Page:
It stands in great contrast to another love story central to the history of the 20th Century Westover family. William Westover was the son of Edwin and Ann Westover, of Mendon, Utah. This great patriarch of the family was born in 1861 and early on he had to grow up. When he mother moved to Mendon to aid her parents and her dead brother’s family in 1869 William became the man of the house because his father, Edwin, returned to the mission field where he was called in Southern Utah. As he grew from boy to teen he was active in the beautiful community of Mendon and fell in love with a local girl who was likewise the offspring of Mormon pioneers. Her name was Ruth.
William and Ruth would endure a seven year long courtship before finally being able to marry. We don’t know exactly why the delay — it was certainly unusual for the time. But finally, in 1883 when both William and Ruth were both 22 years old, they married in a grand event celebrated by family on both sides. Like their parents before them they struggled to make a living and pushed the boundaries of the frontier. They suffered from difficulties in bringing children into the world. There was sickness, and hardships, and poverty. There was also faith and community service.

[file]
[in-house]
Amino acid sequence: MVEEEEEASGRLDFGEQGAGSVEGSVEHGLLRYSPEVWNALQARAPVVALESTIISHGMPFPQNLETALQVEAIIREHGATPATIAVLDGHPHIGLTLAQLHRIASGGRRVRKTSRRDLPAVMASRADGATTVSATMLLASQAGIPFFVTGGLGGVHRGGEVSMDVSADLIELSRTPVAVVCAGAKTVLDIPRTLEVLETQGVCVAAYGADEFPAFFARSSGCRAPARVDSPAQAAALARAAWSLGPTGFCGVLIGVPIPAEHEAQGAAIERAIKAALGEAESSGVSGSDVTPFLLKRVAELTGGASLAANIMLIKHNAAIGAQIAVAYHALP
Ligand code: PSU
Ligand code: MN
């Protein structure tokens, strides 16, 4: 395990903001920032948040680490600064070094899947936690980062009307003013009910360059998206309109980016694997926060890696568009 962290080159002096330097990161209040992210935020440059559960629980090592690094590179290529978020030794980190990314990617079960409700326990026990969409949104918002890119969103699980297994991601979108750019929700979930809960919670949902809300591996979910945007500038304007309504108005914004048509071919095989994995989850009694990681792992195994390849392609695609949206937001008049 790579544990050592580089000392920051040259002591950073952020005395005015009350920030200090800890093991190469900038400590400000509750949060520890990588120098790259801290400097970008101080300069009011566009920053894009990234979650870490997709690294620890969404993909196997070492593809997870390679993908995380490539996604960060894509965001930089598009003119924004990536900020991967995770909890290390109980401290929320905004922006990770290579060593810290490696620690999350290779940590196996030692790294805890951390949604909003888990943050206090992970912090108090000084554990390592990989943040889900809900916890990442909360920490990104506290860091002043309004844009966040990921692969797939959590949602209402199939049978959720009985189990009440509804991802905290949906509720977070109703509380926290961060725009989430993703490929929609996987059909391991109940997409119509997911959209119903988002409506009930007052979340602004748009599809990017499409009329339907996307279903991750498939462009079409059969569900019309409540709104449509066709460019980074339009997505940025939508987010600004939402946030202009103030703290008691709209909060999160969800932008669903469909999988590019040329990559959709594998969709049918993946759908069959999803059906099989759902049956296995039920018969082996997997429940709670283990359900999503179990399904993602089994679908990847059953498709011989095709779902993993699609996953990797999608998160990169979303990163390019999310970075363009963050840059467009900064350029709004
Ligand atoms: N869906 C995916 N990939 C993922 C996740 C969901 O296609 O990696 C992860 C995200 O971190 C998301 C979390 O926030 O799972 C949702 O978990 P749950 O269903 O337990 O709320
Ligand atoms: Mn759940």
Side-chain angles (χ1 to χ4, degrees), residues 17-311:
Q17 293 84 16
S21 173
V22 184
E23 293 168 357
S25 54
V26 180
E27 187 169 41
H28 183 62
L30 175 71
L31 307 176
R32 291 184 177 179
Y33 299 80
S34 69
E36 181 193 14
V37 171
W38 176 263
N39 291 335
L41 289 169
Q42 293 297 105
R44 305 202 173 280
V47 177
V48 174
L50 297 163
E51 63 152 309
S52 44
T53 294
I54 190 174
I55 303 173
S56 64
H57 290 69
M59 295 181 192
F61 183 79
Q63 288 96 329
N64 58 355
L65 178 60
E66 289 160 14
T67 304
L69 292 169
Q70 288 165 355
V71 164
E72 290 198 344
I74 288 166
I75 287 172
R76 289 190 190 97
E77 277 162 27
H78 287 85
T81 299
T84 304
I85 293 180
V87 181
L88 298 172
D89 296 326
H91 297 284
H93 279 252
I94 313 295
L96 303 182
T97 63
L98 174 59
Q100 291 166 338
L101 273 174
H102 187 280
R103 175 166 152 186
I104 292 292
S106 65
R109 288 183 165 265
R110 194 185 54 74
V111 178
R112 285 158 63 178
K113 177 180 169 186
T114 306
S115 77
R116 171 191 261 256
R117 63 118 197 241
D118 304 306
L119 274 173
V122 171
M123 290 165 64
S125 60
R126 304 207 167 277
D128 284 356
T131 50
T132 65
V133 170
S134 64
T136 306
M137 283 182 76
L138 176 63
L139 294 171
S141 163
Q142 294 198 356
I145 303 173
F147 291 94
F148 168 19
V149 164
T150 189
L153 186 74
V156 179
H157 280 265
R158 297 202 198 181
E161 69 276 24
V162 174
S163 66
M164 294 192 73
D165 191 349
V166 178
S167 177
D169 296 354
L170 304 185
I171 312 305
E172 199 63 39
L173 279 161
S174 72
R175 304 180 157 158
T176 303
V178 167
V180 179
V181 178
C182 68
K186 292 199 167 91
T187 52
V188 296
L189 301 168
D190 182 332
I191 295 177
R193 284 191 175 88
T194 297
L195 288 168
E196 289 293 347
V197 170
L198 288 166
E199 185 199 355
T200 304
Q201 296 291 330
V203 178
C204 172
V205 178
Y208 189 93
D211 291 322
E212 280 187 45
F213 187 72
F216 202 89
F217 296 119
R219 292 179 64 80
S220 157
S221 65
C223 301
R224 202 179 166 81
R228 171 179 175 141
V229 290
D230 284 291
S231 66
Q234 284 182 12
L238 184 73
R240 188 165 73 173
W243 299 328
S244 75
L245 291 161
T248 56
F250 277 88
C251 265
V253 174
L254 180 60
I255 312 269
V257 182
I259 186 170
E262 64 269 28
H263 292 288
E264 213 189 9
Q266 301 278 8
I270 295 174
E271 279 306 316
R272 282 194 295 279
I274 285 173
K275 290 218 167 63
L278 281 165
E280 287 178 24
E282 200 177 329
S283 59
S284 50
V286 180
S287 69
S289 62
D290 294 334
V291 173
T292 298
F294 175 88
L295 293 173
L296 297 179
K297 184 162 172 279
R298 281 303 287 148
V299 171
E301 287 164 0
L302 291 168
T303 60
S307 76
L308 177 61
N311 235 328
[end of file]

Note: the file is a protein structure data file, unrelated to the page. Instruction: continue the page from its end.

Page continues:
Their story was seemingly met my tragedy. William developed a cancer that was discovered when he was only about 41 years old. He died in 1903, leaving Ruth to make ends meet on a struggling farm in an isolated place known as Rexburg, Idaho with eight children between the ages of 1 and 16.
Ruth was heartbroken. Surviving family histories of the time relate that she “lost her mind” in the decade she would outlive William. Their condition was desperate. But like Albert and Sophie, William and Ruth and their children had the foundation of the Gospel of Jesus Christ that they lived by. Looking back at their story — desperate and tragic as it was — you can see the success and happiness that came of their love story. They left behind a family of children that would go on to love and accomplish much, writing their own love stories along the way.
What love built between William and Ruth could not be destroyed by the harsh realities of the world.
Note: The photo at the top of this post is of Arnold and Mary Westover. Mary is a granddaughter of Albert and Sophie. Arnold is a son of William and Ruth. Theirs is another great love story of Westover family history.